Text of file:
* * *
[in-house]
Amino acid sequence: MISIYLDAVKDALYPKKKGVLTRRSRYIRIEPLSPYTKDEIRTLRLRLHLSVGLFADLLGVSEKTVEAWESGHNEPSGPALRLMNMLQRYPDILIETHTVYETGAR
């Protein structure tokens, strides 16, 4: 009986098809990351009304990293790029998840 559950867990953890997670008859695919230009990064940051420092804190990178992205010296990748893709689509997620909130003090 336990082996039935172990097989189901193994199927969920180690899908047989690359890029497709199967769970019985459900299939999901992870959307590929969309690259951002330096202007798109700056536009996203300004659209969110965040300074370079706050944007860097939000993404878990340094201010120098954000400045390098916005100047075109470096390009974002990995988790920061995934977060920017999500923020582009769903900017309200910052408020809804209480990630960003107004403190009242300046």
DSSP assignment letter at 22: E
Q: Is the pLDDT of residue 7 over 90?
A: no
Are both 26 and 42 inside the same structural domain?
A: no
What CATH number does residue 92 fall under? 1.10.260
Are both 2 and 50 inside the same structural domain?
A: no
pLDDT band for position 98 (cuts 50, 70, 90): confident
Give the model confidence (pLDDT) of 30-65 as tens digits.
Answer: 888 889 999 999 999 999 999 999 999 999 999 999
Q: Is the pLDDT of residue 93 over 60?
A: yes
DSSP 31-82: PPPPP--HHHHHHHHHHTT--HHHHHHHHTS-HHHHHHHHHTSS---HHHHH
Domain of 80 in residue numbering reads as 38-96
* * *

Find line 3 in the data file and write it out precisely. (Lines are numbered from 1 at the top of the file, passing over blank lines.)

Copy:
């Protein structure tokens, strides 16, 4: 009986098809990351009304990293790029998840 559950867990953890997670008859695919230009990064940051420092804190990178992205010296990748893709689509997620909130003090 336990082996039935172990097989189901193994199927969920180690899908047989690359890029497709199967769970019985459900299939999901992870959307590929969309690259951002330096202007798109700056536009996203300004659209969110965040300074370079706050944007860097939000993404878990340094201010120098954000400045390098916005100047075109470096390009974002990995988790920061995934977060920017999500923020582009769903900017309200910052408020809804209480990630960003107004403190009242300046």